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A device that turns currents into electricity could make tidal energy a reality

There’s no doubt that tidal power is severely lagging behind other forms of renewable energy like wind and solar power. However, as two-thirds of the Earth’s surface is covered by water, we’d be crazy not to try and harness energy from water that’s continuously in motion.

Given the high costs of creating new technology and the fact that there is yet to be an agreed upon design that works, the tidal energy industry is yet to take off. Germany based company, REAC Energy GmbH wants to change that.

They have developed the StreamCube, a scalable, cube-shaped water wheel that might be what the market has been waiting for to make tidal power commercially viable. The device is similar to the conventional water wheel, only it’s anchored deep underwater and uses currents to produce energy.

Credit: REAC StreamCube

The module works using vertical rotor axes that are set in motion by the pressure of inflowing water. Depending on the positioning of the rotor, the blades fold on or off. The StreamCube units can also be lined up or stacked depending on what they are being used for.

Credit: REAC StreamCube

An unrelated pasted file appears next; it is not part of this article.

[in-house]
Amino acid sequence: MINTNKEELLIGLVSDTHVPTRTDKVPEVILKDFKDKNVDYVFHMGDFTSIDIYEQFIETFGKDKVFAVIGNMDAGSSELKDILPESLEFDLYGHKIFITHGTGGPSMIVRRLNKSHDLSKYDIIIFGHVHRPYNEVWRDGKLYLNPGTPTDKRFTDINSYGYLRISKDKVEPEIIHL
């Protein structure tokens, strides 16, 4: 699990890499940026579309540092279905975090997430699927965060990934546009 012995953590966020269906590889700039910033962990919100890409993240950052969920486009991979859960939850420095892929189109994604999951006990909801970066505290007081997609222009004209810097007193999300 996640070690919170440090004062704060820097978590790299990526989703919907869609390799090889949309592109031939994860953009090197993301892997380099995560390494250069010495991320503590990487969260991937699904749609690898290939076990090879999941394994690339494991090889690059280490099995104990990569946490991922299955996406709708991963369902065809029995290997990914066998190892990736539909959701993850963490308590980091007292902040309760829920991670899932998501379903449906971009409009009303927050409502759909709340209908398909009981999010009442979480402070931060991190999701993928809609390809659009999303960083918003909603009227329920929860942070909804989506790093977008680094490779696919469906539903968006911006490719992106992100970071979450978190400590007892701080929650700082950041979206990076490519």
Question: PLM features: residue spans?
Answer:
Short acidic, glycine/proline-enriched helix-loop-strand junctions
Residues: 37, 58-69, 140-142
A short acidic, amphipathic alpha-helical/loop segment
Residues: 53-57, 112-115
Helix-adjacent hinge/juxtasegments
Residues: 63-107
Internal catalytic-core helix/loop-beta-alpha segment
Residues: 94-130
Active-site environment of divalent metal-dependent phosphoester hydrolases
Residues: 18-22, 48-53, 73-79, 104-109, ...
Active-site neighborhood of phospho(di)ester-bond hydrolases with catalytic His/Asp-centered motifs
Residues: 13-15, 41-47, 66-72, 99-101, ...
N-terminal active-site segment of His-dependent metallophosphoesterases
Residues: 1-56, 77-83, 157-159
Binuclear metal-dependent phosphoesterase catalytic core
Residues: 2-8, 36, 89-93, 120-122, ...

Tides are caused by the gravitational pull of the sun and the moon on the ocean. They are regular and predictable and they produce less intermittent energy than wind or solar power. Check out NASA’s visualization of the earth surface currents:

REAC recently completed testing the StreamCube in Orkney with the help of international marine contractors, Leask Marine. This location, off the north coast of Scotland, has become a hot-spot for testing wave and tidal devices. This is because of the many natural tidal currents around the archipelago and its connection to the Scottish grid. 

“Our successful testing operations in Orkney has been a further important learning exercise in de-risking and improving the StreamCube to provide cost-efficient tidal energy solution to the market,” explained REAC’s Technical Director, Dr. Ing. Tobias Breitbach in an interview with Tidal Energy Today.

The results from the trial will help REAC finalize the full-scale prototype before it progresses towards commercialization. REAC claim their device has a low cost, is easily transportable and has little impact on the environment, amongst other benefits. 

Whilst the costs of setting up a tidal power operation are high, once in place, operating costs are low. Research conducted in 2015 found that if you take into consideration construction, operation, and maintenance costs over a lifetime, the levelized cost of tidal energy works out to be around $225/MW h. This is more expensive than other traditional energy sources; however, as technology continues to improve, the costs of tidal energy will no doubt become more competitive.

If all of StreamCube’s benefits turn out to be true, this might be the turn of the tides for tidal energy. It’s exciting to see yet another innovation harnessing one of mother nature’s infinite resources.  

This article was reblogged from TheNextWeb.

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